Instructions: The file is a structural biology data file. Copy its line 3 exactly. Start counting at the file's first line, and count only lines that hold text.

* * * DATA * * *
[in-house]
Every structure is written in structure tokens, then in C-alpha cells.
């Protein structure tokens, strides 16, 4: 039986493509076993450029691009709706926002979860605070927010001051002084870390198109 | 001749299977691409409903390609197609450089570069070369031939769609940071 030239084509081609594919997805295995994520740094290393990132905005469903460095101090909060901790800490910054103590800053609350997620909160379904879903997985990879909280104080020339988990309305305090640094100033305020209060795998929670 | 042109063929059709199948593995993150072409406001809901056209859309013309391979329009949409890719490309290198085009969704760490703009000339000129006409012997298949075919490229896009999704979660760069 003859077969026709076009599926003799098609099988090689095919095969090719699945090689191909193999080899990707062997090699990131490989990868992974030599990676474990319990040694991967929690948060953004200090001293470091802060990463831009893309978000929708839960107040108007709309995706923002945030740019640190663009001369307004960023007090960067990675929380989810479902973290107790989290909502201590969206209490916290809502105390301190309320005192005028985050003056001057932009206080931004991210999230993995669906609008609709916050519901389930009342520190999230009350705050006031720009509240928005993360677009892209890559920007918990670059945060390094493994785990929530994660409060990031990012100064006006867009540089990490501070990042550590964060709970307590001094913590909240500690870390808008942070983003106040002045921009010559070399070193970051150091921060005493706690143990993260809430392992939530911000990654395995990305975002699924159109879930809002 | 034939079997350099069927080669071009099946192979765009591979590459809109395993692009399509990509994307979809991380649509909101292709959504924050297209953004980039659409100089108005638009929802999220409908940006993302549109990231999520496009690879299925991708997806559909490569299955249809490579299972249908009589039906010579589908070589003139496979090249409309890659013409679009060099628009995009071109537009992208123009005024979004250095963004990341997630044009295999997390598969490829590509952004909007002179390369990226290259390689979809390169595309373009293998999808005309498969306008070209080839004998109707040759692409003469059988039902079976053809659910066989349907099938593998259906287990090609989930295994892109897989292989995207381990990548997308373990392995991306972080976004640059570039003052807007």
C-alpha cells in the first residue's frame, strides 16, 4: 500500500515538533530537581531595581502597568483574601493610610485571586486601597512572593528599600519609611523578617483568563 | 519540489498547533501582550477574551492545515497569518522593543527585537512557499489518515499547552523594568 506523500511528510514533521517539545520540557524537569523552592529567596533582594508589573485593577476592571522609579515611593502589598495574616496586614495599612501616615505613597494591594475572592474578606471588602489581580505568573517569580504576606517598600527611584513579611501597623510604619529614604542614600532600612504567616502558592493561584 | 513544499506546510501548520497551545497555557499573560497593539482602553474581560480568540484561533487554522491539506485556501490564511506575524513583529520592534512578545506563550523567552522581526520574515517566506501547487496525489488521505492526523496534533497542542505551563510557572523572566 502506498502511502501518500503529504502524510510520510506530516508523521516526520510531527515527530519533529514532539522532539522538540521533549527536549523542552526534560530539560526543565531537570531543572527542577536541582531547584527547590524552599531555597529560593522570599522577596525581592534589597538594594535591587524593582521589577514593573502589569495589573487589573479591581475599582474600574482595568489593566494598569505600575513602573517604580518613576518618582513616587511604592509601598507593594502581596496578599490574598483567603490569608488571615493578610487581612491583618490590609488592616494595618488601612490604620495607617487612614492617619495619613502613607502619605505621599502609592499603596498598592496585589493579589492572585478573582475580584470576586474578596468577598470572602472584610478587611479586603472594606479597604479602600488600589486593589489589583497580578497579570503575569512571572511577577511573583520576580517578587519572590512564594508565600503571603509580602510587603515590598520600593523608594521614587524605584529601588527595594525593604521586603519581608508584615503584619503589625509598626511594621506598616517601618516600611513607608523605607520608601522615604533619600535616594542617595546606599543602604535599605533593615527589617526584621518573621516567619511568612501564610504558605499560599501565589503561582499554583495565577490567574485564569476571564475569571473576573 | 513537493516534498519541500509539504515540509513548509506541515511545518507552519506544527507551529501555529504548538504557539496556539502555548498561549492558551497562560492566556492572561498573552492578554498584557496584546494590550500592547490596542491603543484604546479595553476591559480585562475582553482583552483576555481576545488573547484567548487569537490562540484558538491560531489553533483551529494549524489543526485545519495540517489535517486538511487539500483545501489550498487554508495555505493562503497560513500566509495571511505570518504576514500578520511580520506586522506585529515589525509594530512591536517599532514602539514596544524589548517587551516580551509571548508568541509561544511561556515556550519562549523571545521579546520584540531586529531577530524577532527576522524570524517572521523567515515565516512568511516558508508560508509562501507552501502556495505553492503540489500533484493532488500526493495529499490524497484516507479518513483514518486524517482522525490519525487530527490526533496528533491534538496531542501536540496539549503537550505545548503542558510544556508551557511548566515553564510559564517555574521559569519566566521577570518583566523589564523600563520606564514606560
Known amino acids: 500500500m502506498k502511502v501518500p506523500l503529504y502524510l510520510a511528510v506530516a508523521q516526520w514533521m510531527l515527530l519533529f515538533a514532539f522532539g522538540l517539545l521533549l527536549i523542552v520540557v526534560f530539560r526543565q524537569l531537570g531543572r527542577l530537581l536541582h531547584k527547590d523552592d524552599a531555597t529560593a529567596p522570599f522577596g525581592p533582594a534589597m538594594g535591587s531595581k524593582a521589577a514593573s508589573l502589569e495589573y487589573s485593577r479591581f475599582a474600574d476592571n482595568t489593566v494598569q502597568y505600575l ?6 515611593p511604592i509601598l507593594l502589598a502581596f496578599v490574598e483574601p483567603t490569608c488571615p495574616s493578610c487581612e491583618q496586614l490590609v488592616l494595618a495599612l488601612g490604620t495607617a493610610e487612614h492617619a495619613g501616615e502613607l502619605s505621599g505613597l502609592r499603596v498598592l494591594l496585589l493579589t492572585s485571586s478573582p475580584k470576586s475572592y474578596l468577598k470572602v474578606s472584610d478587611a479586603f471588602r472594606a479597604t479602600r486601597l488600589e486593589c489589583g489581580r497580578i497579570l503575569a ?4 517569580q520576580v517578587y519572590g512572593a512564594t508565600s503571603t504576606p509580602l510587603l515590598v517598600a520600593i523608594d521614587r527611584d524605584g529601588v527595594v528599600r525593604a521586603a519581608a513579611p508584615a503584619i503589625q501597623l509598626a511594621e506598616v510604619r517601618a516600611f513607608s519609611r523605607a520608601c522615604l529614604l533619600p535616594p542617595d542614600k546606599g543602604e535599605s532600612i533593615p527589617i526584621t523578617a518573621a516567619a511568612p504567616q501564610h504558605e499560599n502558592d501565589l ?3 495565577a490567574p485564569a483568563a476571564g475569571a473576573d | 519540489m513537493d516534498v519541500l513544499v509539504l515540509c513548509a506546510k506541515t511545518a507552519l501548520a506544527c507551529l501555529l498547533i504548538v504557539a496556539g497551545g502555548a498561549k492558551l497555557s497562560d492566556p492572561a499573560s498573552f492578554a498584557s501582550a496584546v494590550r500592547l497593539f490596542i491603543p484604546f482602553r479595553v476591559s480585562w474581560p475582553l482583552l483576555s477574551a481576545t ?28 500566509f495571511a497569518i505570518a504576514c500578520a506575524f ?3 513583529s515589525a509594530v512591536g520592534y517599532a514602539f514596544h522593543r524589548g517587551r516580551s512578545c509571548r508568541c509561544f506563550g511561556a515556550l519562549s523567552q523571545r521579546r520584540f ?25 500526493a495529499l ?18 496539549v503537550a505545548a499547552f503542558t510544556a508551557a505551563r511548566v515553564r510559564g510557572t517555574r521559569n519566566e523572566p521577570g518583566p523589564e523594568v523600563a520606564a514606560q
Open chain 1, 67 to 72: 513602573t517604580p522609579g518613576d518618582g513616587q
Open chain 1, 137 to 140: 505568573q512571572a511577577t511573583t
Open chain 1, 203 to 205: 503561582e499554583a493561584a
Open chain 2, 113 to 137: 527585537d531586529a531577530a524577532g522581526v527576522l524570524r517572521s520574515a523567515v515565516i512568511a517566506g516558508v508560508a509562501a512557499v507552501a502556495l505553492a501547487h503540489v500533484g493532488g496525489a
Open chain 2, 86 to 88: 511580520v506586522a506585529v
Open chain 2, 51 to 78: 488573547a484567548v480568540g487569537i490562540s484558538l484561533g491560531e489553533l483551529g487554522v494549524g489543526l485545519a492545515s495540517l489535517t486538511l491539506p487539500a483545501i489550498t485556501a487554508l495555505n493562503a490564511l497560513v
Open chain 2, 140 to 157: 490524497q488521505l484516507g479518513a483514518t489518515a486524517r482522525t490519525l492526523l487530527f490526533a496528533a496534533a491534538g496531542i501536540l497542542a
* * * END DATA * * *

């Protein structure tokens, strides 16, 4: 039986493509076993450029691009709706926002979860605070927010001051002084870390198109 | 001749299977691409409903390609197609450089570069070369031939769609940071 030239084509081609594919997805295995994520740094290393990132905005469903460095101090909060901790800490910054103590800053609350997620909160379904879903997985990879909280104080020339988990309305305090640094100033305020209060795998929670 | 042109063929059709199948593995993150072409406001809901056209859309013309391979329009949409890719490309290198085009969704760490703009000339000129006409012997298949075919490229896009999704979660760069 003859077969026709076009599926003799098609099988090689095919095969090719699945090689191909193999080899990707062997090699990131490989990868992974030599990676474990319990040694991967929690948060953004200090001293470091802060990463831009893309978000929708839960107040108007709309995706923002945030740019640190663009001369307004960023007090960067990675929380989810479902973290107790989290909502201590969206209490916290809502105390301190309320005192005028985050003056001057932009206080931004991210999230993995669906609008609709916050519901389930009342520190999230009350705050006031720009509240928005993360677009892209890559920007918990670059945060390094493994785990929530994660409060990031990012100064006006867009540089990490501070990042550590964060709970307590001094913590909240500690870390808008942070983003106040002045921009010559070399070193970051150091921060005493706690143990993260809430392992939530911000990654395995990305975002699924159109879930809002 | 034939079997350099069927080669071009099946192979765009591979590459809109395993692009399509990509994307979809991380649509909101292709959504924050297209953004980039659409100089108005638009929802999220409908940006993302549109990231999520496009690879299925991708997806559909490569299955249809490579299972249908009589039906010579589908070589003139496979090249409309890659013409679009060099628009995009071109537009992208123009005024979004250095963004990341997630044009295999997390598969490829590509952004909007002179390369990226290259390689979809390169595309373009293998999808005309498969306008070209080839004998109707040759692409003469059988039902079976053809659910066989349907099938593998259906287990090609989930295994892109897989292989995207381990990548997308373990392995991306972080976004640059570039003052807007």